How much coffee should be used per cup?

What is the correct coffee dose per cup? How many tablespoons of coffee per cup? The amount of coffee we use per cup depends on the method used, and we almost always use a scale to determine it. However, to simplify things, I will handle “tablespoons of coffee per cup” and “grams of coffee per cup.”

• Filtered method: For each 250ml cup, we will use 15g of ground coffee, equivalent to two tablespoons (70mg of caffeine).
• French press: For each 250ml cup, we will also use 15g of ground coffee, equivalent to two tablespoons (90mg of caffeine).
• Instant coffee: For each 250ml cup, I like to use two teaspoons, which equals 2 grams of coffee (90mg of caffeine).

Note: Let’s remember that the measurement “cup” will depend on the type of extraction method and coffee maker we use. In filtered methods, 250ml is the most suitable measurement. However, this is not always the case, so that we will delve deeper into this article. For espresso machines, refer to this article.

How do we measure coffee quantity?

Those taking their first steps into the world of coffee often wonder how much 15 grams, 30 grams, or 60 grams of coffee are and how to make precise measurements. The ideal solution lies in using a scale.

We have an exact number in grams with the scale, which will always be the same. However, if we measure with something more common in the kitchen, like tablespoons, which have a capacity of about 15ml, it will not always weigh the same, and therefore, it will not always have the same amount of coffee.

The volume will depend on many things, such as the coffee you use. Dark roast coffee will weigh less than light roast coffee. And a finely ground coffee for a moka is not the same as a slightly coarser one for a French press (the larger one will take up more space and weigh less).

Considering this and for a clear idea, a standard leveled tablespoon of medium ground coffee for a French press contains about 5g of coffee. For one cup, you need three tablespoons; for two cups, double the amount of both ingredients and so on.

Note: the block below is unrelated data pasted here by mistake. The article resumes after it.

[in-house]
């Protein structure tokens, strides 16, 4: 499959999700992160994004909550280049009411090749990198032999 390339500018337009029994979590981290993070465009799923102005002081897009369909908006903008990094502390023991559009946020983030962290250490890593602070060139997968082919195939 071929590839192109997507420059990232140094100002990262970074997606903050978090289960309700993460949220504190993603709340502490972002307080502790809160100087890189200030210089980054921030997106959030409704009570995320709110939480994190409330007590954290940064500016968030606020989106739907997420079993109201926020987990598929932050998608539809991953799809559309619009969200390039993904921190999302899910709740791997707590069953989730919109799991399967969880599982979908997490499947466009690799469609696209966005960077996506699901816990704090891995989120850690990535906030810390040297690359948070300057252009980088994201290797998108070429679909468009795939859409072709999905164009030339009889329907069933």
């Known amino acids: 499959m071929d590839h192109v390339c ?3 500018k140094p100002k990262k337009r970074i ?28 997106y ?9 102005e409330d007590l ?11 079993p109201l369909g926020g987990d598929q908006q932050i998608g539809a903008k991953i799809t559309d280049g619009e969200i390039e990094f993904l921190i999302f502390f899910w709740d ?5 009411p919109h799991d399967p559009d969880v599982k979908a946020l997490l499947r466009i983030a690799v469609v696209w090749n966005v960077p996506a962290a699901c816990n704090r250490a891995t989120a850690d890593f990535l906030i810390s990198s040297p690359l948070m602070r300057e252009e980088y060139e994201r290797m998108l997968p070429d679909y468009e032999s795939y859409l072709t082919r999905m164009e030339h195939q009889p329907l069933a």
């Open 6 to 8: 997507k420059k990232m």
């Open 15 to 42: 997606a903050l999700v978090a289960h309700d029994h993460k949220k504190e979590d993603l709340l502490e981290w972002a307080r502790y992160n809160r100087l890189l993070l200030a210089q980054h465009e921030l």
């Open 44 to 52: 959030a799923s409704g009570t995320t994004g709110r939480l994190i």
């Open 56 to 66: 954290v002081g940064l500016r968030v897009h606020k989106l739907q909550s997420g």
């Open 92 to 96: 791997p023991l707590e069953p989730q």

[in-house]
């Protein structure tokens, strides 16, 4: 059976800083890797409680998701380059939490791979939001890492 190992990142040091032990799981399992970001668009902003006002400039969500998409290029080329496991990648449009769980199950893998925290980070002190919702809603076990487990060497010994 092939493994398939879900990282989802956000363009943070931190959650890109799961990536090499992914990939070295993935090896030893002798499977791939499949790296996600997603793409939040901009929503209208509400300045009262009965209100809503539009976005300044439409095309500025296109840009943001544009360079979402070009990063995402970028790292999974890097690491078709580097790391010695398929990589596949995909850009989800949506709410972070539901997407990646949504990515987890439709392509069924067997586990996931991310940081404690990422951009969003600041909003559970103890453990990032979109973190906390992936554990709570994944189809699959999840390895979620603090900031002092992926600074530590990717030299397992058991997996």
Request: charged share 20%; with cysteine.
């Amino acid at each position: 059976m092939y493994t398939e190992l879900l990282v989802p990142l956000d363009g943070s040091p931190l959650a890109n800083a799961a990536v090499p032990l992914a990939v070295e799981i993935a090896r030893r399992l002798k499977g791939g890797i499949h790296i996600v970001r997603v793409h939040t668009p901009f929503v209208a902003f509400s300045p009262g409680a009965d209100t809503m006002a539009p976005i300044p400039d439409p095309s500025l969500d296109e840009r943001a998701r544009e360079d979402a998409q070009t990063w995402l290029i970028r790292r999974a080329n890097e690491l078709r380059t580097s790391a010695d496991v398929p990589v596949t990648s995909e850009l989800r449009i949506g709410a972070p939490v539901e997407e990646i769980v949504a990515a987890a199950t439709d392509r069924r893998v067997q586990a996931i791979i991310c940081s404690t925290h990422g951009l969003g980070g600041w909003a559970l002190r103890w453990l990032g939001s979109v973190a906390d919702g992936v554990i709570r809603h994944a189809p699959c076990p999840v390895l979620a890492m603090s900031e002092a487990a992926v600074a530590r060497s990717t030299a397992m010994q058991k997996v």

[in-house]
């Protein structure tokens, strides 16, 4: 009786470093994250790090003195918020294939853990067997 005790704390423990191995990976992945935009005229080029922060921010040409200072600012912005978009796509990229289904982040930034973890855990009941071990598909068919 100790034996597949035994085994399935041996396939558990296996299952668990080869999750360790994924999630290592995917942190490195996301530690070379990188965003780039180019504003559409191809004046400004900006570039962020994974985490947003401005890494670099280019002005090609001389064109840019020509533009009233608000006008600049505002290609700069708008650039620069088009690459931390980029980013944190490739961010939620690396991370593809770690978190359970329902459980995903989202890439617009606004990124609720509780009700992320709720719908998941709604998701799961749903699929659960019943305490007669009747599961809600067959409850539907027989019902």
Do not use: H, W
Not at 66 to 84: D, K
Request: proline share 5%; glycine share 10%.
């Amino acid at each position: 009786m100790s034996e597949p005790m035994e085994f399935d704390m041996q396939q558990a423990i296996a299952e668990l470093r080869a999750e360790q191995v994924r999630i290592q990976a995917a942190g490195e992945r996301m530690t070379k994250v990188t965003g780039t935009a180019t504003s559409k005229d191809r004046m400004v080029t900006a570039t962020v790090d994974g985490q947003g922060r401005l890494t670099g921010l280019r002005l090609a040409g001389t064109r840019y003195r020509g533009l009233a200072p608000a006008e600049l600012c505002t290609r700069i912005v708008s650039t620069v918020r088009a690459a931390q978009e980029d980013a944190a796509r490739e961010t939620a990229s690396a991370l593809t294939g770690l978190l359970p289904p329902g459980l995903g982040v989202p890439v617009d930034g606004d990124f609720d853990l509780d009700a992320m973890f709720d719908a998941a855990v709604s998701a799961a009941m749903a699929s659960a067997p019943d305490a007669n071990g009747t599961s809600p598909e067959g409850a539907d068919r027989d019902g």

If you always use the same coffee maker with the same coffee, you can use the spoon as a measure and adjust the other variables accordingly.

What Is the coffee brewing ratio?

This word we often see in the coffee world has a very simple concept once we understand it. The ratio is the proportion between the coffee beans and water we use.

So, if we use 60g of coffee per liter of water, we would use an approximate ratio of 1:17; for every gram of coffee, we use 17g (or milliliters) of water.

What Is the purpose of the coffee brewing ratio?

The ratio is part of the recipe we use to prepare coffee. It tells us how much we need of one or the other ingredient.

For example, if we have a 400ml cup instead of a 250ml one, we can calculate the coffee we need by dividing 400 by 17. Or if we only have 12g of coffee in a bag, we multiply it by 17, and we get the amount of water we need to make it.

However, these calculations can be a bit complicated at first, so I recommend calculating based on the 60g per liter base. It’s the most convenient formula to use in your daily coffee brewing.

Does the ratio always have to be 1:17 or 60g per liter? Not at all. It’s just a recommendation.

When should you change the coffee brewing ratio?

It will depend on your personal taste; if you like strong coffee, you should reduce this 1:17 ratio. You should use more coffee for the same amount of water; for example, use 17g of coffee for a 250ml cup and try it.

You should do the opposite if you like milder, less intense coffee. Use 13g of coffee for a cup and try it, as small changes in the quantities will produce drastic changes in your coffee cup.

How does the ratio affect coffee brewing time?

The intensity of coffee is determined by the ratio (by the dose or the amount of coffee we use). This is essential to clarify because many think that intensity comes from the type of coffee or roast.

A dark roast coffee is not more intense than a light roast coffee; it simply has a more toasted flavor and more bitterness. This confusion comes from commercial coffee, which often provides inaccurate package information.

Does the ratio affect brewing time?

If I want to brew coffee for two cups instead of one, I double the quantities of coffee and water, but is the brewing time the same, or should it also be doubled?

As long as we maintain the ratio or ingredient proportion, the brewing time will be the same for one, two, three, four cups, or however many cups there are.

For immersion methods, such as the French press, where we place coffee and water together and let them steep, the time is always the same for all quantities, and we should not modify anything.

For drip or percolation methods, such as the Hario V60 and Chemex, where we must pass a column of water through a coffee puck, we will need to adjust other variables, such as the grind size of the beans, to maintain the same brewing time.

For this, the use of a scale becomes very necessary, which I highly recommend if you want to improve your coffee preparations at home. It provides consistency so you